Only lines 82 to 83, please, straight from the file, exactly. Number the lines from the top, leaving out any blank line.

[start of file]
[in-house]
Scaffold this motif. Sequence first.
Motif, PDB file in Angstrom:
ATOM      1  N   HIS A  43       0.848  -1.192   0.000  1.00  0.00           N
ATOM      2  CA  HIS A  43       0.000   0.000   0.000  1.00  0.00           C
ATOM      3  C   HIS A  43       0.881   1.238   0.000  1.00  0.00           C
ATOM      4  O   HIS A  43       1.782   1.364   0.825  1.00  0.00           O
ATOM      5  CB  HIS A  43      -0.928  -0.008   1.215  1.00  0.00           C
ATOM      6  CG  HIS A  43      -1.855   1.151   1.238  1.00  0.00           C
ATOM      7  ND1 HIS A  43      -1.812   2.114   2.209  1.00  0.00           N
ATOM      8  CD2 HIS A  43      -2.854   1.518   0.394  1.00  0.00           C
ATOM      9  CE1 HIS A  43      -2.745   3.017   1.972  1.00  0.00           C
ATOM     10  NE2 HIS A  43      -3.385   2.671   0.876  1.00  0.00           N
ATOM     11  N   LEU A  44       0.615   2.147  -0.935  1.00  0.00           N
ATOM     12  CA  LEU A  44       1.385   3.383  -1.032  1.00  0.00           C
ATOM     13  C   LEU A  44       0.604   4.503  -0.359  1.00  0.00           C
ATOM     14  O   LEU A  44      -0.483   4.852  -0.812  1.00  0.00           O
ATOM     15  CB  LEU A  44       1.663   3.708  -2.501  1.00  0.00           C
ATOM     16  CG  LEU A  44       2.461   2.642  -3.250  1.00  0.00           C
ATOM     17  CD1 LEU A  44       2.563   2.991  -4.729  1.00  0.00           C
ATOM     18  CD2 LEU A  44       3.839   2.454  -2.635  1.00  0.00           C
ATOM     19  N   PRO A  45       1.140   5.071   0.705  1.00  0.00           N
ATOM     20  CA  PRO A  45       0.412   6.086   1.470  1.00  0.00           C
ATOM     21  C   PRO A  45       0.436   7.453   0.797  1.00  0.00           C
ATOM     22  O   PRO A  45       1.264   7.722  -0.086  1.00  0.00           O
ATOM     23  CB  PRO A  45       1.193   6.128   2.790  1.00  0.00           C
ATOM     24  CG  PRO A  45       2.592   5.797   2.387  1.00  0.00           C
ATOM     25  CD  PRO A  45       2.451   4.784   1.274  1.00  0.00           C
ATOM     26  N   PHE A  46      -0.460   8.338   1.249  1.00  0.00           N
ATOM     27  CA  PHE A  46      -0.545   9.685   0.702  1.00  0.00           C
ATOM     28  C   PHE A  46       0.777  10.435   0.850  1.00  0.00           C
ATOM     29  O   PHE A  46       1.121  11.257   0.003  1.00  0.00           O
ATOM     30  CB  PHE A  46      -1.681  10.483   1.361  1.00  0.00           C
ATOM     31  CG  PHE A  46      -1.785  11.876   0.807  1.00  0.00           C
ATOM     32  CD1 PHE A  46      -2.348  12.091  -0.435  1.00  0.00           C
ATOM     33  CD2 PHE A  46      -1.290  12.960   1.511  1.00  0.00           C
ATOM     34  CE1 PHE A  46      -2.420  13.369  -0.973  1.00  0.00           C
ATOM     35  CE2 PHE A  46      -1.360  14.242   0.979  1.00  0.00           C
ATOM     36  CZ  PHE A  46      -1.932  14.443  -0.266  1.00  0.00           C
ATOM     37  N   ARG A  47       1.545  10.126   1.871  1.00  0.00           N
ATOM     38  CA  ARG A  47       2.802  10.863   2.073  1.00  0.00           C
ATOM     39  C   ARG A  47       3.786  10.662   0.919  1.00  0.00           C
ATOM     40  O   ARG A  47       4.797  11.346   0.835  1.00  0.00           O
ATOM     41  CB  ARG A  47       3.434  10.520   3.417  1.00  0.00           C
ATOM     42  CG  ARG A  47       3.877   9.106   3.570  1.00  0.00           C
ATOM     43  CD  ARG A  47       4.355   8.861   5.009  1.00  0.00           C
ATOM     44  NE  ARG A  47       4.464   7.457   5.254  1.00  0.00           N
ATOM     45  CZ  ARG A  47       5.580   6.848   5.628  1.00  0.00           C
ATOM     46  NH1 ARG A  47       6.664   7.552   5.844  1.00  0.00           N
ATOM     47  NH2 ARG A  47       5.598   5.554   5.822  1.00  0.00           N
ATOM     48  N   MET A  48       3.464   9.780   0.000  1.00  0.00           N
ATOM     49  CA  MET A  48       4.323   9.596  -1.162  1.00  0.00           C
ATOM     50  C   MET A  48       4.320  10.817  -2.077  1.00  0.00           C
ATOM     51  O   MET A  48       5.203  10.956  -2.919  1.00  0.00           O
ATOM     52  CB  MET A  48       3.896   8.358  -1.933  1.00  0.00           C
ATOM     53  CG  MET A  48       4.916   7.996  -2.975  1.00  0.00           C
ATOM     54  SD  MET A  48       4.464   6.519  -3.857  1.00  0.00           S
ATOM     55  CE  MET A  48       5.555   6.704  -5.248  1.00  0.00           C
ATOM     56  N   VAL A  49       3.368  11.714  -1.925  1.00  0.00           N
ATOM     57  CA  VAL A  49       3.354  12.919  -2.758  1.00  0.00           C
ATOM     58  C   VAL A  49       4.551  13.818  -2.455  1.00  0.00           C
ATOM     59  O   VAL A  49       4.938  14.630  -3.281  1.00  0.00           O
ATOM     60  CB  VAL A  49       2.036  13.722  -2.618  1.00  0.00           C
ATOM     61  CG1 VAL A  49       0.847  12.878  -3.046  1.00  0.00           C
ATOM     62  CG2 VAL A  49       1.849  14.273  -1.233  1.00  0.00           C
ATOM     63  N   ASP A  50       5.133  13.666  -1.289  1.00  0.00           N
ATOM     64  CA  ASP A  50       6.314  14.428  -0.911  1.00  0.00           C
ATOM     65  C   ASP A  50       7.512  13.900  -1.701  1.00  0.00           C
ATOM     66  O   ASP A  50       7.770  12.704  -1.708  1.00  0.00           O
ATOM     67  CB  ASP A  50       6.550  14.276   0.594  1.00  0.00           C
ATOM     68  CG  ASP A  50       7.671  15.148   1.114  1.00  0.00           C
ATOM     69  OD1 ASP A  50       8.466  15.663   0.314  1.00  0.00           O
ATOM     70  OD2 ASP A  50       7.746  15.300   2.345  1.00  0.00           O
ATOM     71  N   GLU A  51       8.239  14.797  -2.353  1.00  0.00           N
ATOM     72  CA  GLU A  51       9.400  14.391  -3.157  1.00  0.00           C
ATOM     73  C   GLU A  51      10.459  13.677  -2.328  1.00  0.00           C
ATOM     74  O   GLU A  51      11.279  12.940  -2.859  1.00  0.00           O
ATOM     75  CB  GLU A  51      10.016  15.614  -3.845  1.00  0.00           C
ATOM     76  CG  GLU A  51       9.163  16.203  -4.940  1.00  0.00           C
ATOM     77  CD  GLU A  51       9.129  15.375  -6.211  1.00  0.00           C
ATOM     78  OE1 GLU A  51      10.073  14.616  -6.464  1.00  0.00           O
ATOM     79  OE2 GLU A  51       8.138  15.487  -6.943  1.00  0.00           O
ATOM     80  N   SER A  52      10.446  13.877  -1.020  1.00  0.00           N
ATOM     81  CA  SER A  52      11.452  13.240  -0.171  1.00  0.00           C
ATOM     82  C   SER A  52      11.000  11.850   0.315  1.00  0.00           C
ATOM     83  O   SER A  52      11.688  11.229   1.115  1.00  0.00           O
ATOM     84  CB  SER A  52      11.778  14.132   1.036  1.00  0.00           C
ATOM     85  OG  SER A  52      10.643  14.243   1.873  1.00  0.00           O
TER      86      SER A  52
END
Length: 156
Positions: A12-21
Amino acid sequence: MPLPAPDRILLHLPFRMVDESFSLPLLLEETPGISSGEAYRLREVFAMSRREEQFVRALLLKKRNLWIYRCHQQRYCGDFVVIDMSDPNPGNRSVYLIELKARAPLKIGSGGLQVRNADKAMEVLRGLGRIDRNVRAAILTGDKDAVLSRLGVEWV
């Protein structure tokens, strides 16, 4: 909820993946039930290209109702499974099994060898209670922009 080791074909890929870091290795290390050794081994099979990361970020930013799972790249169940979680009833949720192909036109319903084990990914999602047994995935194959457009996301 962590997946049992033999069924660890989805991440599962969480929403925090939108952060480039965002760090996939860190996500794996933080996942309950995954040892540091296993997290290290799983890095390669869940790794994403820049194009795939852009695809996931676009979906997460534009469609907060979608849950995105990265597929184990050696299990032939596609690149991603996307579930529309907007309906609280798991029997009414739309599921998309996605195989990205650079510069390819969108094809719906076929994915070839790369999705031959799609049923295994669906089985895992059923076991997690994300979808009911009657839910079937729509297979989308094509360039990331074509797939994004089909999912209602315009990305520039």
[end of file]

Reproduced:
ATOM     79  OE2 GLU A  51       8.138  15.487  -6.943  1.00  0.00           O
ATOM     80  N   SER A  52      10.446  13.877  -1.020  1.00  0.00           N